Remembering and Embracing September 11th

Photos obtained via @RaysRepublic

Prologue:

Every American living at the moments between 8:46 am to 10:28 am EST have a different insight and prospective on the horrific events of September 11th 2001. Anyone over the age of 10 will always have a memory of those twin towers smoking like chimney stacks and the unearthly sound that resonated throughout our televisions as the tons of steel and concrete began their ascent, falling to rest at the base of those once majestic towers.

We can not ever change the fate of those who perished, or commemorate those who participated in the largest rescue mission in this world’s history and those who paid the ultimate sacrifice on that day trying to save people they had never met.

We also can not forget about the swirling emotions of pain and confusion that entangled our minds watching this horror unfold as we all collectively wondered aloud and to ourselves, what the world was going to be on September 12th for us as a Nation.

I just want to state for the record that I am proud of the way this entire country, from sea to shining sea pulled together not only for the citizens of New York City, but how we rebounded as a Nation. I still feel remorse here 10 years later over the loss of those two great symbols of our American way of life.


I remember I was working on a Pepsi full-serve vending route that morning and was just coming out of the Raymond James building in Carillion Parkway when the sky seemed eerily silent. I was within a 5 miles of Tampa airport, and about 2 miles from the small St. Pete/Clearwater Airport. As I put my lay-down back on the truck and started to head towards my next stop, I was unaware that the first tower had been struck by an American Airlines plane out of Boston destined for Los Angeles.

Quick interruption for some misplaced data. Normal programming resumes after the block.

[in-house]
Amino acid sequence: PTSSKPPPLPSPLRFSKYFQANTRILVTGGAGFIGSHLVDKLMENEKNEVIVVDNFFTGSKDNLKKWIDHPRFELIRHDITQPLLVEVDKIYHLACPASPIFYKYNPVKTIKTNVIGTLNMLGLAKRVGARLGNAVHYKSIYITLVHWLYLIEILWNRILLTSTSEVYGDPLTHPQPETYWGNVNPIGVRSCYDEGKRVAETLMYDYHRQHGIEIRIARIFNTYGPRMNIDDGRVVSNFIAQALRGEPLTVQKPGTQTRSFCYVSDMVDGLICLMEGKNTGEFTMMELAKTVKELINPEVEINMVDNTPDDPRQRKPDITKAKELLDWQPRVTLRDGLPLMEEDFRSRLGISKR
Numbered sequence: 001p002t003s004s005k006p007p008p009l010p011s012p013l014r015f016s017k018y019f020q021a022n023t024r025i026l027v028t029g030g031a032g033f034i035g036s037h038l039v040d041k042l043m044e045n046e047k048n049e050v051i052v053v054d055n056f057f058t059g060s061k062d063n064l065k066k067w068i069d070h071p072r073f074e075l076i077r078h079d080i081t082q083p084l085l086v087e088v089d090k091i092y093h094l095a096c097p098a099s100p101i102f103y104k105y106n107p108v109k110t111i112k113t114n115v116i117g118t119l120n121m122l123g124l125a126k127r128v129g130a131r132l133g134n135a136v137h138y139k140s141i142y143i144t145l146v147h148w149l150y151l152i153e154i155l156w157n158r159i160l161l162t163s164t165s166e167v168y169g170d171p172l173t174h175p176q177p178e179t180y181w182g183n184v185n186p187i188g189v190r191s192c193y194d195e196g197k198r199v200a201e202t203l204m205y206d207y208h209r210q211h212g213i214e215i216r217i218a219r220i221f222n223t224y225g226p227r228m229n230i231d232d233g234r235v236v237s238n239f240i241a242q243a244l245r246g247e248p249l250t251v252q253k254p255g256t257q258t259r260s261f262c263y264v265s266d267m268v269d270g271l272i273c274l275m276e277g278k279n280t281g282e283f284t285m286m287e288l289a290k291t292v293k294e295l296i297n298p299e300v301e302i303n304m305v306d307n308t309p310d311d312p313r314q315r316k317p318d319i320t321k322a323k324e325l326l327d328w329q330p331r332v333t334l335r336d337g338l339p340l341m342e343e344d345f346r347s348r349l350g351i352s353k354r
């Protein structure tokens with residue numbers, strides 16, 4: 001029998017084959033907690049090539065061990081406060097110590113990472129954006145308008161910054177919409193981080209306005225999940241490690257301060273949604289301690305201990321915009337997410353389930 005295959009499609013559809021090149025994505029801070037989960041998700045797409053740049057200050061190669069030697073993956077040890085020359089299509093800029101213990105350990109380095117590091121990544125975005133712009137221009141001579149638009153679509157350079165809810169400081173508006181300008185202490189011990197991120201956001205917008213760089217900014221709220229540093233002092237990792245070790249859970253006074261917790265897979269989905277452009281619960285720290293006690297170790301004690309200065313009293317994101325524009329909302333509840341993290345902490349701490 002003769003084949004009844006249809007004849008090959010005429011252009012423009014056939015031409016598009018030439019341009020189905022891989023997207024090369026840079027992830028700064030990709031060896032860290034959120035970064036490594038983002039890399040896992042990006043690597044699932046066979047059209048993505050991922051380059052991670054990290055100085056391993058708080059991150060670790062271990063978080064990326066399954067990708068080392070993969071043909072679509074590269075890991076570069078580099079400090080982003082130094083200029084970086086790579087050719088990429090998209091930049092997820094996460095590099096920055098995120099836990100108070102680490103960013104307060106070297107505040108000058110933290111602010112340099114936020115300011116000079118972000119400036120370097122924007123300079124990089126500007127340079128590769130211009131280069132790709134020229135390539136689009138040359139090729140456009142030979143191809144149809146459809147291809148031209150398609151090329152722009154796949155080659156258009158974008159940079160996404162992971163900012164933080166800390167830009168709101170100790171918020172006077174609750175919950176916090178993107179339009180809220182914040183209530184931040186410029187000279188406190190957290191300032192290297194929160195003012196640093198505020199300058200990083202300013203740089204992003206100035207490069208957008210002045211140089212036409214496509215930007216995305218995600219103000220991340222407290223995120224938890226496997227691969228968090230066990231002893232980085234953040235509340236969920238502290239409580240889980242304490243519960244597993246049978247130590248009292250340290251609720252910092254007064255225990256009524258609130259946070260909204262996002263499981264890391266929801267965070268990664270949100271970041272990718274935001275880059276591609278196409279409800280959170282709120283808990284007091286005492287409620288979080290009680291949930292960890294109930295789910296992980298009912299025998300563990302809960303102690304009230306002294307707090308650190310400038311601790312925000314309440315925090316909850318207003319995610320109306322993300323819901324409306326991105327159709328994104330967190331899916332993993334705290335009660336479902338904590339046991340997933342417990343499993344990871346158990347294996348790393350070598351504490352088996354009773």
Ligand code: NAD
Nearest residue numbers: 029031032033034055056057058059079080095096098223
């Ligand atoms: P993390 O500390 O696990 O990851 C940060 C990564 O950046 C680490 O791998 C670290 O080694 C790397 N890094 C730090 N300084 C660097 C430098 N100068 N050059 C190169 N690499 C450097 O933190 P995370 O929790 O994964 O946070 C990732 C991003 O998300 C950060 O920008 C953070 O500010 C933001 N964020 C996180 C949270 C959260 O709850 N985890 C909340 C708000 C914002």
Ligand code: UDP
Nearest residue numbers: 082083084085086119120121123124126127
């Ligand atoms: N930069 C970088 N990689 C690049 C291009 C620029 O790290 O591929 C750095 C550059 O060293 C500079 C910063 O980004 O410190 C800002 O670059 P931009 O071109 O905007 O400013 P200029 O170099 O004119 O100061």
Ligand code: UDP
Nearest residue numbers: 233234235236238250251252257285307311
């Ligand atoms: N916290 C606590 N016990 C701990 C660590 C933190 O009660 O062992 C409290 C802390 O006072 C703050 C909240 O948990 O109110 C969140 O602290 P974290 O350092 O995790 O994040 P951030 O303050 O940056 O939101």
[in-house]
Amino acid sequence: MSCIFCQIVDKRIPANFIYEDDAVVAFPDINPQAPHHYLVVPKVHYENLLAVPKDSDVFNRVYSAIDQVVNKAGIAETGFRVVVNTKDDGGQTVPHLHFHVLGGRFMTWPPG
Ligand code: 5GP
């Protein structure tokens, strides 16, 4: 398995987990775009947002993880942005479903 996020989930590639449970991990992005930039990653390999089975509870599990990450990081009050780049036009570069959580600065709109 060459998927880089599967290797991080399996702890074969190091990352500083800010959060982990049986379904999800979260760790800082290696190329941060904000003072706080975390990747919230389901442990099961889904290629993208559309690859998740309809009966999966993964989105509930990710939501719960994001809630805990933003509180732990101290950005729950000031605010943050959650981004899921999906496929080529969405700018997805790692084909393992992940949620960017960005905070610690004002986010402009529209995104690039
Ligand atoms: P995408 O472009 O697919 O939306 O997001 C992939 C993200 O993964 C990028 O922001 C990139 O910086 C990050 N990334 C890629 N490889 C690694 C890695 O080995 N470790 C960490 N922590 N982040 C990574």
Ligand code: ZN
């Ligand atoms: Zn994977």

I pulled into the main parking area of a financial services company just down Ulmerton Road and entered to find the receptionist and Security staff huddled around a bank of televisions watching the events unfold in front of them. My pager suddenly went nuts with 5 straight pagers from my St. Petersburg warehouse and supervisors imploring all trucks to finish their current stop and proceed back to the warehouse immediately.

Considering Tampa Bay had the United States military’s Central Command at nearby MacDill Air Force Base, my Unit Manager wanted to get all of our people off the roads in case this was a simultaneous targeting of military and because President George Bush was in this region visiting a Elementary School in Sarasota at the time. I proceeded immediately back to the St. Petersburg warehouse and sat with most of my fellow Pepsi employees watching the horrific events.

I could only think about how as a young teen, my Uncle George took my father and myself towards the top of one of the towers while it was still under construction and showed us both the sights of New York from a truly unique prospective. The pride shown to us that day by my uncle moved me even then, and as I watched those towers begin to self destruct, I knew in my mind and soul a bit of him also crumbled to the ground that day.

During that low point in American history, the Tampa Bay Rays were in a hotel in Manhattan preparing for a night game against the New York Yankees. With the evolving dangers of the day still unfolding around New York City, that night’s contest was quickly canceled and players and Rays staff were advised to stay in the hotel as a security measure.